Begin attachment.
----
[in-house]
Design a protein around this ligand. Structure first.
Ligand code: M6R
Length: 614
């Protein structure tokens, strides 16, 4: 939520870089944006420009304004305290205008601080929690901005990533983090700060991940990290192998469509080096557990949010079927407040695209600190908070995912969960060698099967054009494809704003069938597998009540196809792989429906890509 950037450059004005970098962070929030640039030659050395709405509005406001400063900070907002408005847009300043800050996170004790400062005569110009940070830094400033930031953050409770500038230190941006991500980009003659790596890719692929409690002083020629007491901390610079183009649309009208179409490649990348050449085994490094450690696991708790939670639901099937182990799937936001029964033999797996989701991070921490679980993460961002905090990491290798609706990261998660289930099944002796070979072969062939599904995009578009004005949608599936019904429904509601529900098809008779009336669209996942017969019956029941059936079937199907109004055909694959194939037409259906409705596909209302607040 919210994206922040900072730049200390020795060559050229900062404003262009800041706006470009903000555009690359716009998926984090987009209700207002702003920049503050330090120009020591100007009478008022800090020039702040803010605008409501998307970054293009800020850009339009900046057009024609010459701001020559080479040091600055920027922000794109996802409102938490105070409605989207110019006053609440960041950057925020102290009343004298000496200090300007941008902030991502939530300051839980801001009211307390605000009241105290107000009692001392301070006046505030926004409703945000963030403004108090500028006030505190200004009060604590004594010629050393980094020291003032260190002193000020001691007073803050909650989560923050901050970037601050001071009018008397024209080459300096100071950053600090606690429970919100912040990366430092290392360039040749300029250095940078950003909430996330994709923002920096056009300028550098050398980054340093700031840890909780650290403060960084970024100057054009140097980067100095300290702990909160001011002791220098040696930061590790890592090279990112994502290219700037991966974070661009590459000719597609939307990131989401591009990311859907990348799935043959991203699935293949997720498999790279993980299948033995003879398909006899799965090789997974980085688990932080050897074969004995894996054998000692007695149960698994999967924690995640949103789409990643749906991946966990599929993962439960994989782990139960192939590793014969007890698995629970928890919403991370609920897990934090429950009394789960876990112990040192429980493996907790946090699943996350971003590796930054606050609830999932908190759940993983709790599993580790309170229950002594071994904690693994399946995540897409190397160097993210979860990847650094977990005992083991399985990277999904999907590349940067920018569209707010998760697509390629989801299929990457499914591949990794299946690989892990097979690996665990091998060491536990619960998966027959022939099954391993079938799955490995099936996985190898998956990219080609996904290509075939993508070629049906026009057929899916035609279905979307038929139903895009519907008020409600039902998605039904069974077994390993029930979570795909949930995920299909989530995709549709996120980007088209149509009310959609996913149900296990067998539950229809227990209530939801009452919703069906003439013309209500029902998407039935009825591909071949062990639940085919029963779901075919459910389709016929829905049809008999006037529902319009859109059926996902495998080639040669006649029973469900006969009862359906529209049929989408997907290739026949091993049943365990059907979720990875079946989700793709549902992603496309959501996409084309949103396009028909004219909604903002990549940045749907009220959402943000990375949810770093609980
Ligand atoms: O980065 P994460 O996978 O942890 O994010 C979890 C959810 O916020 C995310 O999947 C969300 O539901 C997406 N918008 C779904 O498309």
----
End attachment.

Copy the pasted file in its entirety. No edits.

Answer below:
[in-house]
Design a protein around this ligand. Structure first.
Ligand code: M6R
Length: 614
């Protein structure tokens, strides 16, 4: 939520870089944006420009304004305290205008601080929690901005990533983090700060991940990290192998469509080096557990949010079927407040695209600190908070995912969960060698099967054009494809704003069938597998009540196809792989429906890509 950037450059004005970098962070929030640039030659050395709405509005406001400063900070907002408005847009300043800050996170004790400062005569110009940070830094400033930031953050409770500038230190941006991500980009003659790596890719692929409690002083020629007491901390610079183009649309009208179409490649990348050449085994490094450690696991708790939670639901099937182990799937936001029964033999797996989701991070921490679980993460961002905090990491290798609706990261998660289930099944002796070979072969062939599904995009578009004005949608599936019904429904509601529900098809008779009336669209996942017969019956029941059936079937199907109004055909694959194939037409259906409705596909209302607040 919210994206922040900072730049200390020795060559050229900062404003262009800041706006470009903000555009690359716009998926984090987009209700207002702003920049503050330090120009020591100007009478008022800090020039702040803010605008409501998307970054293009800020850009339009900046057009024609010459701001020559080479040091600055920027922000794109996802409102938490105070409605989207110019006053609440960041950057925020102290009343004298000496200090300007941008902030991502939530300051839980801001009211307390605000009241105290107000009692001392301070006046505030926004409703945000963030403004108090500028006030505190200004009060604590004594010629050393980094020291003032260190002193000020001691007073803050909650989560923050901050970037601050001071009018008397024209080459300096100071950053600090606690429970919100912040990366430092290392360039040749300029250095940078950003909430996330994709923002920096056009300028550098050398980054340093700031840890909780650290403060960084970024100057054009140097980067100095300290702990909160001011002791220098040696930061590790890592090279990112994502290219700037991966974070661009590459000719597609939307990131989401591009990311859907990348799935043959991203699935293949997720498999790279993980299948033995003879398909006899799965090789997974980085688990932080050897074969004995894996054998000692007695149960698994999967924690995640949103789409990643749906991946966990599929993962439960994989782990139960192939590793014969007890698995629970928890919403991370609920897990934090429950009394789960876990112990040192429980493996907790946090699943996350971003590796930054606050609830999932908190759940993983709790599993580790309170229950002594071994904690693994399946995540897409190397160097993210979860990847650094977990005992083991399985990277999904999907590349940067920018569209707010998760697509390629989801299929990457499914591949990794299946690989892990097979690996665990091998060491536990619960998966027959022939099954391993079938799955490995099936996985190898998956990219080609996904290509075939993508070629049906026009057929899916035609279905979307038929139903895009519907008020409600039902998605039904069974077994390993029930979570795909949930995920299909989530995709549709996120980007088209149509009310959609996913149900296990067998539950229809227990209530939801009452919703069906003439013309209500029902998407039935009825591909071949062990639940085919029963779901075919459910389709016929829905049809008999006037529902319009859109059926996902495998080639040669006649029973469900006969009862359906529209049929989408997907290739026949091993049943365990059907979720990875079946989700793709549902992603496309959501996409084309949103396009028909004219909604903002990549940045749907009220959402943000990375949810770093609980
Ligand atoms: O980065 P994460 O996978 O942890 O994010 C979890 C959810 O916020 C995310 O999947 C969300 O539901 C997406 N918008 C779904 O498309």